Marc Edwards of Bjango on why scaling an app can lead to pixel blurring.
The rise of mobile OSs like iOS, Android and Windows 8 Metro have ushered in a large range of display sizes and pixel densities, as well as various methods to cope with the variations. Mobile device pixel densities range from about 160ppi to 320ppi. Apple took the high road and limited UI pixel scaling to two sizes, with newer displays being exactly double the pixel density of the first generation of their devices. This is ideal for scaling. Android and Windows 8 can't easily do that, due to the range of devices they're run on. Their business model dictates variety. Variety dictates non-ideal scaling. Non-ideal scaling dictates blurry pixels.
Interesting blog post on the redesign of the LinkedIn app by Frank Yoo, a member of the design team.
After a lot of deliberation, I have decided to drop the Android gallery from Patterns of Design.
The reason: I'm fast loosing faith in Google's stewardship of the platform. It boils down to one thing: the bag of hurt that goes by the name of 'fragmentation'. No matter how you look at it, it's a problem. It's a problem for consumers. And it's a problem for designers and developers.
Google's recent announcement of changes to the platform does nothing to address the problem directly. Instead, it sidesteps the problem.
From now on, they say, phones and tablets are to be treated as one, indeterminate group: gone are the separate categories for devices that range in size from a 2.6 to a 10 inch screen and in their place is a new framework: apps that scale.
I think it's a fudge and shows again why good design will struggle to find a home on Android.
What does it mean for Patterns of Design? At this stage, not a lot - we're a new site and are still finding our feet, so I'd rather make the change now than later.
John Gruber writes about Apple's Newsstand and how the app has become the unit of distribution for newspapers and magazines.
Why not the same thing for TV sized displays? Imagine watching a baseball game on a TV where ESPN is a smart app, not a dumb channel. When you're watching a game, you could tell the TV to show you the career statistics for the current batter. You could ask the HBO app which other movies this actress had been in. Point is: it'd be better for both viewers and the networks if a TV "channel" were an interactive app rather than a mere single stream of video.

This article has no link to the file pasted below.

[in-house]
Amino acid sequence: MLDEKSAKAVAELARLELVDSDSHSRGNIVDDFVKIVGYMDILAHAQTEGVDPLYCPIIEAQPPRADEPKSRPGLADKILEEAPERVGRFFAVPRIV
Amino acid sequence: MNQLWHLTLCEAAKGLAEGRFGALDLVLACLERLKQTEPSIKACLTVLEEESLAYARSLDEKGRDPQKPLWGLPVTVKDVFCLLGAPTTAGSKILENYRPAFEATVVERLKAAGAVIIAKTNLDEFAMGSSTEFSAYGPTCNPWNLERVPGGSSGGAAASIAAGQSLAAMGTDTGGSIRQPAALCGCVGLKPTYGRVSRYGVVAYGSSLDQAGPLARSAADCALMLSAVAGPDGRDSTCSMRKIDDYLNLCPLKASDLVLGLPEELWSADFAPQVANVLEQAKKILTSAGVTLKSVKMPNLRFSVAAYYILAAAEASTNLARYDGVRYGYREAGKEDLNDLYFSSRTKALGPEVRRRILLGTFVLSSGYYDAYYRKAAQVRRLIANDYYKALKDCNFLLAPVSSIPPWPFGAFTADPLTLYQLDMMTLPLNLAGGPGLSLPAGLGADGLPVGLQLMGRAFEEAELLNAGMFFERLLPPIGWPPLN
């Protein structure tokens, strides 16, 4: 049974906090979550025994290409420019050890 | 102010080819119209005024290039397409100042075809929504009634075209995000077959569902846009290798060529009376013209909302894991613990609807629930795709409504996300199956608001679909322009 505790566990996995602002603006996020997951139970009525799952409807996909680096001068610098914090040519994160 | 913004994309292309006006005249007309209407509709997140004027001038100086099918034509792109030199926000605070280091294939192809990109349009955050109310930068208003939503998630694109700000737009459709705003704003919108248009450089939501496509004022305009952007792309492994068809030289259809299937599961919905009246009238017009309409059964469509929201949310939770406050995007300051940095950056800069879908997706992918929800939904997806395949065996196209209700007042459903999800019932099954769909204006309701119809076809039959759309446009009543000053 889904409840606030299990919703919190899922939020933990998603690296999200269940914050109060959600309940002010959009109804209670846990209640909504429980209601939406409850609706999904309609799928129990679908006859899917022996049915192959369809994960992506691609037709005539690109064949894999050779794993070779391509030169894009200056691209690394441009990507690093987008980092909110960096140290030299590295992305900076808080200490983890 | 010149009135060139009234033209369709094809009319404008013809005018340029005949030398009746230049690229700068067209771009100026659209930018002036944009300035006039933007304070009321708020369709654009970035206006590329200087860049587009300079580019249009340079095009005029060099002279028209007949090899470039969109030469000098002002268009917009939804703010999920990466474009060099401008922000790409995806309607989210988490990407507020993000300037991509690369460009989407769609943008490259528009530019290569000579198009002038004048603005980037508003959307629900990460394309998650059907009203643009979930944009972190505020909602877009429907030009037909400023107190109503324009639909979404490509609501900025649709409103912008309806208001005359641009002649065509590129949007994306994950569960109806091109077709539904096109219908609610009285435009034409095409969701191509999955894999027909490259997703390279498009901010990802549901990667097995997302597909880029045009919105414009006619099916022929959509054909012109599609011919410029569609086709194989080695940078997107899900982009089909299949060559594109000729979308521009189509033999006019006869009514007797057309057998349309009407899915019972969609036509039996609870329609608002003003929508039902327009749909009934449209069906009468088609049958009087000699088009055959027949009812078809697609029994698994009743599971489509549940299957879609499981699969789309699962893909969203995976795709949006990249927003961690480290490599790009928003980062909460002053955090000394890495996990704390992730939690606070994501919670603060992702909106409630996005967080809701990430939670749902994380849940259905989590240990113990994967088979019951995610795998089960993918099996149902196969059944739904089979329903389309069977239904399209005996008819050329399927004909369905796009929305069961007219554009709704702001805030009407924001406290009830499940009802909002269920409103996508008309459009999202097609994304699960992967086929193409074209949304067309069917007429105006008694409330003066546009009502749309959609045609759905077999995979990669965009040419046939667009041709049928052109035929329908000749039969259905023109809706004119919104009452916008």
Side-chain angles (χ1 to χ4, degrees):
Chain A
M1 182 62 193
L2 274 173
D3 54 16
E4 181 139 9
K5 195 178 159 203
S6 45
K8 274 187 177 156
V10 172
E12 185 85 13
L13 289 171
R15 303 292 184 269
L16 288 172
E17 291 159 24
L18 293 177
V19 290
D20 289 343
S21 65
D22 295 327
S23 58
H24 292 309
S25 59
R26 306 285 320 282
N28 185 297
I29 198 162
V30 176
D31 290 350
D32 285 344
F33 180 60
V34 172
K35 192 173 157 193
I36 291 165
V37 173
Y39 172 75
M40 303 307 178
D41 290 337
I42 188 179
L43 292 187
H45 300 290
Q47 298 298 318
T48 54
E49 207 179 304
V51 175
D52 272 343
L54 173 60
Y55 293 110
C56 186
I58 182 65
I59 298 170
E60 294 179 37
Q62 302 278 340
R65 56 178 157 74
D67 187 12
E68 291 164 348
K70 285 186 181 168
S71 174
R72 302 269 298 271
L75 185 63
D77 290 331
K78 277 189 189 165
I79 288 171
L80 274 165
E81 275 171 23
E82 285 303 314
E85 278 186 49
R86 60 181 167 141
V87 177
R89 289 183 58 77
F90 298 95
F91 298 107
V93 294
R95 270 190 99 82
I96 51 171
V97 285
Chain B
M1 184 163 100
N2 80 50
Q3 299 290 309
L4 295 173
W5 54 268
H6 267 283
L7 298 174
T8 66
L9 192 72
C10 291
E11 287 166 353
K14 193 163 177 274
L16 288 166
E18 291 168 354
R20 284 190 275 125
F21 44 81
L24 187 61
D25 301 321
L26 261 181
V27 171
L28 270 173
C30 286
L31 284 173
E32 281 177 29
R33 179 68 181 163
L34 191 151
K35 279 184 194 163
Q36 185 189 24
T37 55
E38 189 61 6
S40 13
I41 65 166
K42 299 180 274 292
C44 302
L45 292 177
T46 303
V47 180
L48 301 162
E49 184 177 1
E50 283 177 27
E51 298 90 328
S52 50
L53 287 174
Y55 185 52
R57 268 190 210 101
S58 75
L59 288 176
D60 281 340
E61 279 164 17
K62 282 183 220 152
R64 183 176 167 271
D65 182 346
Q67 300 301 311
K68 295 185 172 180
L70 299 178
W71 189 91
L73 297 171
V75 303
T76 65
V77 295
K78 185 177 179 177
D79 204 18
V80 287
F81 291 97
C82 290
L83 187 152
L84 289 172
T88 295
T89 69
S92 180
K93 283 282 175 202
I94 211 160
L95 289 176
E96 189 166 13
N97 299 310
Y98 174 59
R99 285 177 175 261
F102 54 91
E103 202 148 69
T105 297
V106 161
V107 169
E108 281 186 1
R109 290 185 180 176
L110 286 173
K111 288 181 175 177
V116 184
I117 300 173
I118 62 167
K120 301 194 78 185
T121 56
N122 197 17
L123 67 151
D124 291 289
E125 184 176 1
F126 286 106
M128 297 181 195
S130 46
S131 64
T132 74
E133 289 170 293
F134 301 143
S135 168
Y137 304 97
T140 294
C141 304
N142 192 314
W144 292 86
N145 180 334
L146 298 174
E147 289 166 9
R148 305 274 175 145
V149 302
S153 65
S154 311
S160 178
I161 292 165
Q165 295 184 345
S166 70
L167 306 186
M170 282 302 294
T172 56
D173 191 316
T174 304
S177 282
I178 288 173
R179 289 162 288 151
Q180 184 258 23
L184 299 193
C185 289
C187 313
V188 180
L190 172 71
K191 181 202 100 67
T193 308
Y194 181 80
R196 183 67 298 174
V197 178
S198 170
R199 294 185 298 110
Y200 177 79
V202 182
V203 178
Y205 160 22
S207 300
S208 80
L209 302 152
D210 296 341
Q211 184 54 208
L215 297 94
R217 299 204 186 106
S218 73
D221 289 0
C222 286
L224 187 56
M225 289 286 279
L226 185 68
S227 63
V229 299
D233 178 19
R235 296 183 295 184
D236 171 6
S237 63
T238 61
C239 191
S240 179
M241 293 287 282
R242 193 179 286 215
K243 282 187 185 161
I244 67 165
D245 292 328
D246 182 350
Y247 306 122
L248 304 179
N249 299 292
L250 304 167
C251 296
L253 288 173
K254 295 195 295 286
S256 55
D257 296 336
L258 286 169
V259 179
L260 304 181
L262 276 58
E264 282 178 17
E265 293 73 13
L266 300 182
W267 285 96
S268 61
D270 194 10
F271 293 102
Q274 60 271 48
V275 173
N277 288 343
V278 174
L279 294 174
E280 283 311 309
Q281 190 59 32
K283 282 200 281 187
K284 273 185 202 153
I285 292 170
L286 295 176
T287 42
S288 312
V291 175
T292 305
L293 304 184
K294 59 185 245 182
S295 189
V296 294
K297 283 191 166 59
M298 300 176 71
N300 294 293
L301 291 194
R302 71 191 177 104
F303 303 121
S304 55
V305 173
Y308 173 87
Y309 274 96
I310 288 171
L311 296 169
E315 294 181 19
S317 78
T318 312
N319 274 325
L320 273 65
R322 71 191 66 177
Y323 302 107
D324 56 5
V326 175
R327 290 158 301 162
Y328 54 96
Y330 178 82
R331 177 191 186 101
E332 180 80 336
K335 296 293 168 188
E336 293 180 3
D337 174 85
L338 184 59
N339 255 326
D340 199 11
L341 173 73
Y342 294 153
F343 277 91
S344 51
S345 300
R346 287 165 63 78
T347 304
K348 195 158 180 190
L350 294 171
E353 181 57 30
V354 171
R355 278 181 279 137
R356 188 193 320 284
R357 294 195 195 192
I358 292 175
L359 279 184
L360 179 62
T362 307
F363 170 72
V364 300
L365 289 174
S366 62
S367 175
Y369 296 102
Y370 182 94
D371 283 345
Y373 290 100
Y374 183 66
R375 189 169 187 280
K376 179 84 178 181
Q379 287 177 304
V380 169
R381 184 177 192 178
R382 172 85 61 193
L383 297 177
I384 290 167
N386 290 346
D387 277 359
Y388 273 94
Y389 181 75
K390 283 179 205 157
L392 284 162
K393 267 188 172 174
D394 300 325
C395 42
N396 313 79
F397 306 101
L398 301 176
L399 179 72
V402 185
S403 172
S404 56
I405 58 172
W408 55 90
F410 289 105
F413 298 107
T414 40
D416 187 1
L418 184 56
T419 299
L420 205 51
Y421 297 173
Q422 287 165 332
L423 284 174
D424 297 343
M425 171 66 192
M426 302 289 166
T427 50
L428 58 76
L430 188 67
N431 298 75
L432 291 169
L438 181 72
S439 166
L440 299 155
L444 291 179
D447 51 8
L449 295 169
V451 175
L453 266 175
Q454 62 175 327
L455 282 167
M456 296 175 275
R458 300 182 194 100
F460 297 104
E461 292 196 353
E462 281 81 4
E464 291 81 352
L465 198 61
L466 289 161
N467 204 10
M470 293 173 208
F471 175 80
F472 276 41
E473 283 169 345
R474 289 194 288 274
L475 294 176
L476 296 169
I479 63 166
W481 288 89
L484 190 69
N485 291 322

In a blog post titled Burgers, Tablets & Typography, Jon Gold tells us about his taste in burgers and why he thinks the proliferation of Android devices leads to choice paralysis and watered-down product lines.
For those who haven't visited, In-N-Out Burger sell three burgers - the hamburger, the cheeseburger, and the double cheeseburger. No vegetarian burger, no chicken burger, no fish burger. No Texas BBQ burger, no Angus Bacon Double Whopper Extreme burger.
Just a burger, a burger with cheese, and a burger with cheese and more meat. Easy to pick, easy for the franchise to make, easy product line to maintain. Better by less.
Hard to disagree.
Jeremy Olson, the founder of Tapity, on 7 Keys to Unlock an Apple Designer Award.
...if you could get your interface down to just one button, everybody would know how to use it.
Sounds like Siri to me.
For those of you that enjoy such things, Frog Dissection gives you the tools (and, importantly, a frog!) to carry out your very own dissection. The app has been a hit with users - but not for Worsy, an English reviewer, for whom it proved something of a disappointment. He writes:
I expected more freedom - you have to follow the dotted lines with the various tools in a boring and easy way. I was expecting freedom to cut it up however you want - I suppose that would be impossible though.
There's no pleasing everyone!
Gotta love these.
Diego Monzon has created a set of 230 completely editable and scalable icons for app designers and developers. You can view the entire set here.
A similar perspective to Jon Gold's piece about skeuomorphism, this time by James Higgs. The comments are especially worth reading.
Interesting perspective from Jon Gold on why skeuomorphic interfaces are bad for the future of apps.
He mentions the example of Find My Friends and its faux leather surround. I'm in complete agreement with him: it's a weird choice. And nowhere does it become clearer than with the button on the right.
By way of contrast, there's an identical button on the Maps app. But unlike the Find My Friends app, it's designed in a native style.
Importantly, we don't think to question it: it's a style we know.
And here's the rub: the leather version tries to be too many things. It tries to capture the immediacy of the native version while also invoking a homely style. In doing so, it conflates two very different elements: the first is a furled page while the second is the leather trim. Put them together and you get what looks like a leather page.
It ain't pretty. And while I'm not against skeuomorphic interfaces, I do agree with Jon Gold that the Find My Friends app is an example of how not to do them.
(I've rewritten parts of this post. The previous version was a bit unclear.)